Cardiff Bay: A Constantly Changing Environment, Part I
Cardiff Bay’s instantly recognisable waterfront, with the deep red Pierhead Building surrounded by the curving lines and sharp angles of its more recent neighbours, is part of a diverse built environment which has constantly evolved over almost two centuries. Buildings across Butetown tell the story of this evolution: from the humble architecture of the Bute Dock Hotel to the grand high-Victorian Coal Exchange and the elegantly modern Senedd Building.
Before the nineteenth century Cardiff’s maritime industry operated from the city quay located near the intersection of Quay and Westgate streets. With the increased industrialisation of the Taff and Rhondda valleys and the building of canals and later railways linking them with Cardiff, the muddy flats south of the town offered new opportunities. The Bute (West) Dock was opened in 1839, followed in the Bute East Dock in 1855–9, the Roath Dock in 1887, and the Queen Alexandra Dock in 1907.
Butetown was more than just an industrial area. The Bute Estate envisaged residential and commercial quarters alongside the docks and warehouses. Public houses sprung up, with the Bute Dock Hotel, opened the same year as the dock, still representing the last of its kind. Mount Stuart Square shows both the intention and evolution of the area. Built in 1858 by the Bute Estate as housing for skilled workers on the site of a glassworks, the square’s dwellings surrounded a green space. Examples of the original architecture can still be seen in numbers 6–9 on the eastern side and numbers 20–23 in the south-west corner. As Cardiff prospered those living in the square left for the suburbs and the houses were replaced from the 1880s by the richly-ornamented buildings and Coal Exchange still there today.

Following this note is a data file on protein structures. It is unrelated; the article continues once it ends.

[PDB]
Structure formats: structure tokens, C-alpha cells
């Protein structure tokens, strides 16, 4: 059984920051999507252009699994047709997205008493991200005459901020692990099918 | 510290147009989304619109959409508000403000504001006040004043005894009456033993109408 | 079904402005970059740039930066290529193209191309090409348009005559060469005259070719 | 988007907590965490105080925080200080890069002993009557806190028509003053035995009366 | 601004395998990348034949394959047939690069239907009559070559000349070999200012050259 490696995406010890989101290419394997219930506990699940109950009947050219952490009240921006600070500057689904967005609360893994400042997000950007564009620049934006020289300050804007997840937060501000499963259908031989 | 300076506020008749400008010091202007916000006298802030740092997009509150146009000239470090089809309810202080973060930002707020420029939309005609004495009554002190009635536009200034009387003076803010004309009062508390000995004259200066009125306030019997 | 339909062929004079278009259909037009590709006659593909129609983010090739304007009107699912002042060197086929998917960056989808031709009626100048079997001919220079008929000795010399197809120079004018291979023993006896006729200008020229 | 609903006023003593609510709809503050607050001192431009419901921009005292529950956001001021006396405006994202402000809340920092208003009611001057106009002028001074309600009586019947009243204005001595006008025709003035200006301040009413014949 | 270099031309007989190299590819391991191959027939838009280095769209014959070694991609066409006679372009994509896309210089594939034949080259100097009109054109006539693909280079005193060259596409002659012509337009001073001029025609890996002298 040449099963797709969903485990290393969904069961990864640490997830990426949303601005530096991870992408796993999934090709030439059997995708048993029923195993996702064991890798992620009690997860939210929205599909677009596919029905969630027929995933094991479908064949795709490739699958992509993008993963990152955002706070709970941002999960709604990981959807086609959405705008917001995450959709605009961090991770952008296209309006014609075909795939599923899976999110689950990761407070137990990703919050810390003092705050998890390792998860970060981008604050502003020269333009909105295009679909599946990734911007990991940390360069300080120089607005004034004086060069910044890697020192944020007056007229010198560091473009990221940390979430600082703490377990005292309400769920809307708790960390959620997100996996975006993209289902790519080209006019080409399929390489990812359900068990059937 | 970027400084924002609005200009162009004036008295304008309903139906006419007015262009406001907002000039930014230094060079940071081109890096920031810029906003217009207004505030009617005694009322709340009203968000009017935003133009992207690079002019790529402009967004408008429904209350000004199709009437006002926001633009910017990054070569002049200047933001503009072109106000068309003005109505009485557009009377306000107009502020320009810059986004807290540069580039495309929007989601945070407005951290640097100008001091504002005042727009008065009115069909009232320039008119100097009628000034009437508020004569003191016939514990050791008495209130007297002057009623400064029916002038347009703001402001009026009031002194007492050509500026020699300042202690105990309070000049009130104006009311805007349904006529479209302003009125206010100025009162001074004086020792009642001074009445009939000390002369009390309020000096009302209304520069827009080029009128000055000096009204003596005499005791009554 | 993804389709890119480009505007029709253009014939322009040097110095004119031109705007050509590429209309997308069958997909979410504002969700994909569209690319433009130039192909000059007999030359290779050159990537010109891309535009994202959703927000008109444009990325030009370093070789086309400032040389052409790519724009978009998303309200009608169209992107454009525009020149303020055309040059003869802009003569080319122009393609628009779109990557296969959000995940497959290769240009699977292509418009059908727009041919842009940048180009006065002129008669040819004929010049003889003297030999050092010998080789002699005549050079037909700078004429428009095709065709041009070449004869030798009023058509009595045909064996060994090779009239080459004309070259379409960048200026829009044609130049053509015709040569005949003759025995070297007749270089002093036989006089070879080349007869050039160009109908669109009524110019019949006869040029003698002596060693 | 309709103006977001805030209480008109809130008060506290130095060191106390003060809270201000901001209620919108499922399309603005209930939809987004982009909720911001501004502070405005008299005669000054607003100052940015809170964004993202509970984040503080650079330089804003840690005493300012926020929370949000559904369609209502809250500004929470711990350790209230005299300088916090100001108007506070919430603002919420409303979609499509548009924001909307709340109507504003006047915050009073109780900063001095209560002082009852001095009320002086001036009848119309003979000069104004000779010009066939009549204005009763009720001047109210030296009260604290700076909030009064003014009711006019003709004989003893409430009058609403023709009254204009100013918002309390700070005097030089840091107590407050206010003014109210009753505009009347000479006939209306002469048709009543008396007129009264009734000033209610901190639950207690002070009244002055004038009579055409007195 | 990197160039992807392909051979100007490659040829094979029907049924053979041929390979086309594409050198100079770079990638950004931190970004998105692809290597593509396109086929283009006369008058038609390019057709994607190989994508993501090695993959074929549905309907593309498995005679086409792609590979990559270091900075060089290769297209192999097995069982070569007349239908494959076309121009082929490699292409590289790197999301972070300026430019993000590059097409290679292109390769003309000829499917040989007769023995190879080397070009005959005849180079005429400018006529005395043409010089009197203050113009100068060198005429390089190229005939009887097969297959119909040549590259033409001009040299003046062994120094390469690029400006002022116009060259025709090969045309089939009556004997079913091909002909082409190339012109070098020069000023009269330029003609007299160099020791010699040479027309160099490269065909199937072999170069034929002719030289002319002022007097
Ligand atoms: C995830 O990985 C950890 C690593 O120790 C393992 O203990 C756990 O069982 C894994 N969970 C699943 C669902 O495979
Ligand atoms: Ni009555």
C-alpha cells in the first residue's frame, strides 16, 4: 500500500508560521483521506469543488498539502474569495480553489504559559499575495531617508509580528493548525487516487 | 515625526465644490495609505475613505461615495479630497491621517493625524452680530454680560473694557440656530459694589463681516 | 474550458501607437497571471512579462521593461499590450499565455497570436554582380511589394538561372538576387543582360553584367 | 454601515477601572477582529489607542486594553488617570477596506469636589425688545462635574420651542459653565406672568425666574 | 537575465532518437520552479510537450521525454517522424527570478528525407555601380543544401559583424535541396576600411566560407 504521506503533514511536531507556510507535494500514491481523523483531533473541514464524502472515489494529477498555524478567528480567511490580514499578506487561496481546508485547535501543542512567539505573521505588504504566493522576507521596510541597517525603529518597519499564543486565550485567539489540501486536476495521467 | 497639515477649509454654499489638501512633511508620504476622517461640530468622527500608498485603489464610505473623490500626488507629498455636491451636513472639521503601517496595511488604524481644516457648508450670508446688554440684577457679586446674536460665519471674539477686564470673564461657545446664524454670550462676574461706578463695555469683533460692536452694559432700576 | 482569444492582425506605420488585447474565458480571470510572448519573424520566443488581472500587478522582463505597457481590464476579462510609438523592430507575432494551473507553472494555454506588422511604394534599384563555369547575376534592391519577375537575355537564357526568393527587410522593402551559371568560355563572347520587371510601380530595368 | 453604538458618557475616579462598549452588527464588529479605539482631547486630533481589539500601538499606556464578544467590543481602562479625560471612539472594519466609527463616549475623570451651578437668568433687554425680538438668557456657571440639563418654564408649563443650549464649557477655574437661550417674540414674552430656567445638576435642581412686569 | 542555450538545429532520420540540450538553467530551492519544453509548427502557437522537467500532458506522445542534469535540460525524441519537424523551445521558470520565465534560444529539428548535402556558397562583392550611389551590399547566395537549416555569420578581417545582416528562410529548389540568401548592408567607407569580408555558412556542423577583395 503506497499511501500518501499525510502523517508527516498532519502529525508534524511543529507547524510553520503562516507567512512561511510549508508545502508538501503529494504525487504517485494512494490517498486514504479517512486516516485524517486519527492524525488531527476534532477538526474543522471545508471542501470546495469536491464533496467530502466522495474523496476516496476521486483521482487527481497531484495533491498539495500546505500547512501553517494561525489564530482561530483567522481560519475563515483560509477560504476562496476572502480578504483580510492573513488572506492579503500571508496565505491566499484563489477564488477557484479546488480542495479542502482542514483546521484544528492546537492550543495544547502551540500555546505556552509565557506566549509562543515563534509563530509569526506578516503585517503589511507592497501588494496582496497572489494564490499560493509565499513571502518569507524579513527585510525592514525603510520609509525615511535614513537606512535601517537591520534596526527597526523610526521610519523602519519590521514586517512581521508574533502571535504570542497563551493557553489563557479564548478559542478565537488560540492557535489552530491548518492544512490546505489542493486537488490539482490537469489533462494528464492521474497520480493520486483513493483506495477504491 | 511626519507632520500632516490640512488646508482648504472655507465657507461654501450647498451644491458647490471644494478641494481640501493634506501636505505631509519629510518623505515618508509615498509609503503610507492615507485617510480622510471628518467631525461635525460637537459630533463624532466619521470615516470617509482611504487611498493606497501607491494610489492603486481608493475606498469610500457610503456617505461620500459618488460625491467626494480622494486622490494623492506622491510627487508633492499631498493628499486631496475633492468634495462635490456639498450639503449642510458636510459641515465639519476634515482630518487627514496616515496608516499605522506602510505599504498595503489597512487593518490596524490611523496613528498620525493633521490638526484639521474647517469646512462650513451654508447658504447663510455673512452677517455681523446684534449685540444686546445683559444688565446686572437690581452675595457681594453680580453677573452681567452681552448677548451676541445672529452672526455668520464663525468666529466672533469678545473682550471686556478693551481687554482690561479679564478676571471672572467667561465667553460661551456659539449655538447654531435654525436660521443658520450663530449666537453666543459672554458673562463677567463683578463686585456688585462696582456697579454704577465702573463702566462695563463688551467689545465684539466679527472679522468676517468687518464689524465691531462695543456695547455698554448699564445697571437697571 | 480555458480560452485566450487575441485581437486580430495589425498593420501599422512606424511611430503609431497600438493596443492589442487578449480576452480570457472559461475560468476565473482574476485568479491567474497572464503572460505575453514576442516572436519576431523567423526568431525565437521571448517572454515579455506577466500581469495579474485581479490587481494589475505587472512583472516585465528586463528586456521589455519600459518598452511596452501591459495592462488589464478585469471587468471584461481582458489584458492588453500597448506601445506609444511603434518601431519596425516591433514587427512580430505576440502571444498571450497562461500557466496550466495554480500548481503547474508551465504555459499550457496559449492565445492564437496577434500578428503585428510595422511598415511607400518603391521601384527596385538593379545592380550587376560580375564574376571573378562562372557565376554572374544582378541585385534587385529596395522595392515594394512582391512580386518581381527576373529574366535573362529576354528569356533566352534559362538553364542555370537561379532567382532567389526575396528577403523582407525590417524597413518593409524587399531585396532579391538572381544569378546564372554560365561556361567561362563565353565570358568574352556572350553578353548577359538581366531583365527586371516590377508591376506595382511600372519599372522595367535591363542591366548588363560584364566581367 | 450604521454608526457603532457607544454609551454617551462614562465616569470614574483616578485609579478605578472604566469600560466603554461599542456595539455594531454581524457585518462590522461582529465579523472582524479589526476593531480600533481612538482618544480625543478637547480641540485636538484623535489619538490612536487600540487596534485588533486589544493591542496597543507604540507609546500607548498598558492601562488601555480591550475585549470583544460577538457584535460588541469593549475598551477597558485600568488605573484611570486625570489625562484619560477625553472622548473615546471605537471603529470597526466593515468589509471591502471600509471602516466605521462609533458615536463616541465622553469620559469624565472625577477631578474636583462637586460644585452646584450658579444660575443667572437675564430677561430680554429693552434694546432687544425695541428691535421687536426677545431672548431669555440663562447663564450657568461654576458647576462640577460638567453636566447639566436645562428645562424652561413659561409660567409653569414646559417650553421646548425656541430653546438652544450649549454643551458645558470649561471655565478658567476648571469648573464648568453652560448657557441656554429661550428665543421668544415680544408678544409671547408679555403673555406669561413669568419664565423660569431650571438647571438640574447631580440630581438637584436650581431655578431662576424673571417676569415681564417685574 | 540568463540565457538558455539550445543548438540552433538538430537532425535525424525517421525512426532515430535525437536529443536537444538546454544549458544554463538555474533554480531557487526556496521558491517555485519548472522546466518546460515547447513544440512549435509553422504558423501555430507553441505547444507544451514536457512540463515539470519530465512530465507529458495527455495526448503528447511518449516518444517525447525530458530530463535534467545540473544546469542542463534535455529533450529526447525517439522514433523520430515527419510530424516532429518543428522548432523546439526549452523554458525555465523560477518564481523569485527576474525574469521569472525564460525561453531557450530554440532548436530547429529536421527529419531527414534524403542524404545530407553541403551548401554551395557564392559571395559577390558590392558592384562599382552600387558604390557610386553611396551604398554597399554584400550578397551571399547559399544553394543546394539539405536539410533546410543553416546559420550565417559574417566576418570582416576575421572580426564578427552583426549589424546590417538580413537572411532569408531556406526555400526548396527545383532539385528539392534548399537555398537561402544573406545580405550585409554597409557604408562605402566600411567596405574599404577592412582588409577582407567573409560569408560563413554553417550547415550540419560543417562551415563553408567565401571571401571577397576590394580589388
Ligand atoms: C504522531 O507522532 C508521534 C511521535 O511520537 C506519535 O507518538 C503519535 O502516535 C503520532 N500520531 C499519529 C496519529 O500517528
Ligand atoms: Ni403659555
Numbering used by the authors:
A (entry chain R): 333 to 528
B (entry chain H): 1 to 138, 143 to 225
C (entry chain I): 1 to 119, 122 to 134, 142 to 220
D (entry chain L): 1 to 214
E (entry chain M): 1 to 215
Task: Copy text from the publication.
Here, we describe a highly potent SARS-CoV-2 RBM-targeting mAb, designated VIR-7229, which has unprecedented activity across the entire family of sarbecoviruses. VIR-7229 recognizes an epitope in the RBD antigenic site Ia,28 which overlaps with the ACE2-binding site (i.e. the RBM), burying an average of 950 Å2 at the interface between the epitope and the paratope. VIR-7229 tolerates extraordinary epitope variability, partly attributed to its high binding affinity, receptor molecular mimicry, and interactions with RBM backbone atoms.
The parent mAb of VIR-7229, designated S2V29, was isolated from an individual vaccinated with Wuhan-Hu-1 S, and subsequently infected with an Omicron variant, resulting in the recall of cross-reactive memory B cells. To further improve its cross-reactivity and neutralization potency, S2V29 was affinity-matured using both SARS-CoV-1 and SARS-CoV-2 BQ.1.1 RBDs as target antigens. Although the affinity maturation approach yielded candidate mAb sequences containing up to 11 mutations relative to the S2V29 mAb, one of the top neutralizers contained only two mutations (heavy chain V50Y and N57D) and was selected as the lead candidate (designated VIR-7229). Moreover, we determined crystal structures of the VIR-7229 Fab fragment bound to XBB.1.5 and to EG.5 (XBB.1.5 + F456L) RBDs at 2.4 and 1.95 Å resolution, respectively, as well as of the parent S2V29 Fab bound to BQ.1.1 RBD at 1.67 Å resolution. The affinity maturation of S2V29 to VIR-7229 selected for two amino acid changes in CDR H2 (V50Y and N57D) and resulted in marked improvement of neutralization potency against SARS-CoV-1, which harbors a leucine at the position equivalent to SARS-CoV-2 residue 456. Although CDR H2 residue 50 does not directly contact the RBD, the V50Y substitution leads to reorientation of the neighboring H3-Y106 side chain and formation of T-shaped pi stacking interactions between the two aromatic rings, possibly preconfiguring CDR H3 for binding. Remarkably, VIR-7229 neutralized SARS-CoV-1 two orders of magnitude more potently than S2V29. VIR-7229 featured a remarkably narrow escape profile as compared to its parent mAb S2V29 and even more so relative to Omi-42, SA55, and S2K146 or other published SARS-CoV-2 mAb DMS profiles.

These late Victorian structures still stand as testaments to the wealth of Cardiff Bay. On Bute Street the ornate Midland Bank building was constructed in 1874 for the coal owners and exporters the Cory Brothers. A little over a decade later, the company moved its offices to new purpose-built premises: the Cory’s Building on the opposite corner!
Unfortunately, buildings showing how the other half lived have largely been lost following widespread demolition of Tiger Bay’s humbler residential areas from the 1960s. They were not the only victim of the wrecking ball, however, as this constantly changing built landscape entered yet another period of drastic transformation which will be discussed in our next blogpost later this week.
David Hilling, ‘Through Tiger Bay to Cardiff Bay – Changing Waterfront Environment’, Transaction of the Honourable Society of Cymmrodorion (1990), 173–191.
Glamorgan Archives have written a number of excellent blogposts featuring many sites from throughout Cardiff Bay and wider Cardiff. Their website can be found here.
Adam N. Coward
August 6, 2018